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Publication - Research and analysis

Coronavirus (COVID-19): modelling the epidemic (issue no. 42)

Published: 11 Mar 2021

Latest findings in modelling the COVID-19 epidemic in Scotland, both in terms of the spread of the disease through the population (epidemiological modelling) and of the demands it will place on the system, for example in terms of health care requirement

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Contents
Coronavirus (COVID-19): modelling the epidemic (issue no. 42)
Coronavirus (COVID-19): modelling the epidemic in Scotland (Issue No. 42)

25 page PDF

974.6 kB

Coronavirus (COVID-19): modelling the epidemic in Scotland (Issue No. 42)

Background

This is a report on the Scottish Government modelling of the spread and level of Covid-19. This updates the previous publication on modelling of Covid-19 in Scotland published on 4 March 2021. The estimates in this document help the Scottish Government, the health service and the wider public sector plan and put in place what is needed to keep us safe and treat people who have the virus.

This edition of the research findings focuses on the epidemic as a whole, looking at estimates of R, growth rate and incidence as well as local measures of change in the epidemic.

Key Points

  • The reproduction rate R in Scotland is currently estimated as being between 0.6 and 0.8.
  • The number of new daily infections for Scotland is estimated as being between 10 and 19, per 100,000 people.
  • The growth rate for Scotland is currently estimated as being between -6% and -4%.
  • Hospital bed and ICU occupancy are projected to fall over the next few weeks, but with the potential to plateau, or increase as a result of schools reopening.
  • Modelled rates per 100K indicate that by the week 21 – 27 March 2021, 4 local authorities have a 50-75% probability of exceeding 50 cases but no local authorities have 75% or higher probability of exceeding 50 cases. This is down from last week, when 7 local authorities had a 50-75% probability of exceeding 50 cases and 8 local authorities had a 75% or higher probability of exceeding 50 cases.
  • Nationally, the overall level of wastewater Covid this week showed a continued decline, corresponding well to the fall in cases and putting wastewater Covid levels at the lowest they have been since the start of October 2020.

Overview of Scottish Government Modelling

Epidemiology is the study of how diseases spread within populations. One way we do this is using our best understanding of the way the infection is passed on and how it affects people who catch it to create mathematical simulations. Because people who catch Covid-19 have a relatively long period in which they can pass it on to others before they begin to have symptoms, and the majority of people infected with the virus will experience mild symptoms, this "epidemiological modelling" provides insights into the epidemic that cannot easily be measured through testing e.g. of those with symptoms, as it estimates the total number of new daily infections and infectious people, including those who are asymptomatic or have mild symptoms.

Modelling also allows us to make short-term forecasts of what may happen with a degree of uncertainty. These can be used in health care and other planning. The modelling in this research findings is undertaken using different types of data which going forward aims to both model the progress of the epidemic in Scotland and provide early indications of where any changes are taking place.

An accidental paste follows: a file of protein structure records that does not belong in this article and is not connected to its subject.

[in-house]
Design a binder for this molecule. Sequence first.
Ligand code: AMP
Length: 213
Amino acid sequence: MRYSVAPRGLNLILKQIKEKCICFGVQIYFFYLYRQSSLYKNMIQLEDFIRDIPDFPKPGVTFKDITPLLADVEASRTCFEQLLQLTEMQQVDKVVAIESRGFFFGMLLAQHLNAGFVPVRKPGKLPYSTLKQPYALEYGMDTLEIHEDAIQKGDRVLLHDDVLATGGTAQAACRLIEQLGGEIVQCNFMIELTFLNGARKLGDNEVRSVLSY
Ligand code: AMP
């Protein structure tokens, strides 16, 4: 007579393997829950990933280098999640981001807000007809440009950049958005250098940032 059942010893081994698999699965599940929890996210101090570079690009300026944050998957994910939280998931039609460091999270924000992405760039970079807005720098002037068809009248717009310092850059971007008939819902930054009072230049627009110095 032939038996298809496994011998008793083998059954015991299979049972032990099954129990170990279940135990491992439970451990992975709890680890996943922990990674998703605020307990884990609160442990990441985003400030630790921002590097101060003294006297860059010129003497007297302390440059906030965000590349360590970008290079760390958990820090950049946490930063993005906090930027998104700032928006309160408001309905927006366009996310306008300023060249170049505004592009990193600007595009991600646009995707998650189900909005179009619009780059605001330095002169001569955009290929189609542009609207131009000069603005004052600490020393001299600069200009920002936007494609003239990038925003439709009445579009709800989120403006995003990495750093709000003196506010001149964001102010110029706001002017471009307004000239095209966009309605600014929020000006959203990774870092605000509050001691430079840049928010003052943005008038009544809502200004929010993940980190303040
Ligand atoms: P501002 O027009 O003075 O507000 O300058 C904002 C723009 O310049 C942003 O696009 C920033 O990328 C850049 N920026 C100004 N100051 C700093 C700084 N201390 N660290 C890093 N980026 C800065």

Modelling outputs are provided here on the current epidemic in Scotland as a whole, based on a range of methods. Because it takes a little over three weeks on average for a person who catches Covid-19 to show symptoms, become sick, and either die or recover, there is a time lag in what our model can tell us about any re-emergence of the epidemic and where in Scotland this might occur. However modelling of Covid deaths is an important measure of where Scotland lies in its epidemic as a whole. In addition, the modelling groups which feed into the SAGE consensus use a range of other data along with deaths in their estimates of R and the growth rate. These outputs are provided in this research findings. The type of data used in each model to estimate R is highlighted in Figure 1.

We use the Scottish Contact Survey to inform a modelling technique based on the number of contacts between people. Over time, a greater proportion of the population will be vaccinated. This is likely to impact contact patterns and will become a greater part of the analysis going forwards.

A medium term projection of the number of cases, ICU and hospital bed demand is provided at this stage of the epidemic in Scotland.

The delivery of the vaccination programme will offer protection against severe disease and death. As the programme progresses, the modelling and analysis of the epidemic will continue to be updated so it reflects the impact of widespread vaccination.

The logistical model utilises results from the epidemiological modelling, principally the number of new infections. The results are split down by age group, and the model is used to give a projection of the number of people that will go to hospital, and potentially to ICU. This will continue to be based on both what we know about how different age groups are effected by the disease and the vaccination rate for those groups.

What the modelling tells us about the epidemic as a whole

The various groups which report to the Scientific Pandemic Influenza Group on Modelling (SPI-M) use different sources of data in their models (i.e. deaths, hospital admissions, cases) so their estimates of R are also based on these different methods. SAGE's consensus view across these methods, as of 10 March, was that the value of R in Scotland was between 0.6 and 0.8 (see Figure 1). The value of R on 3 March was between 0.7 and 0.9.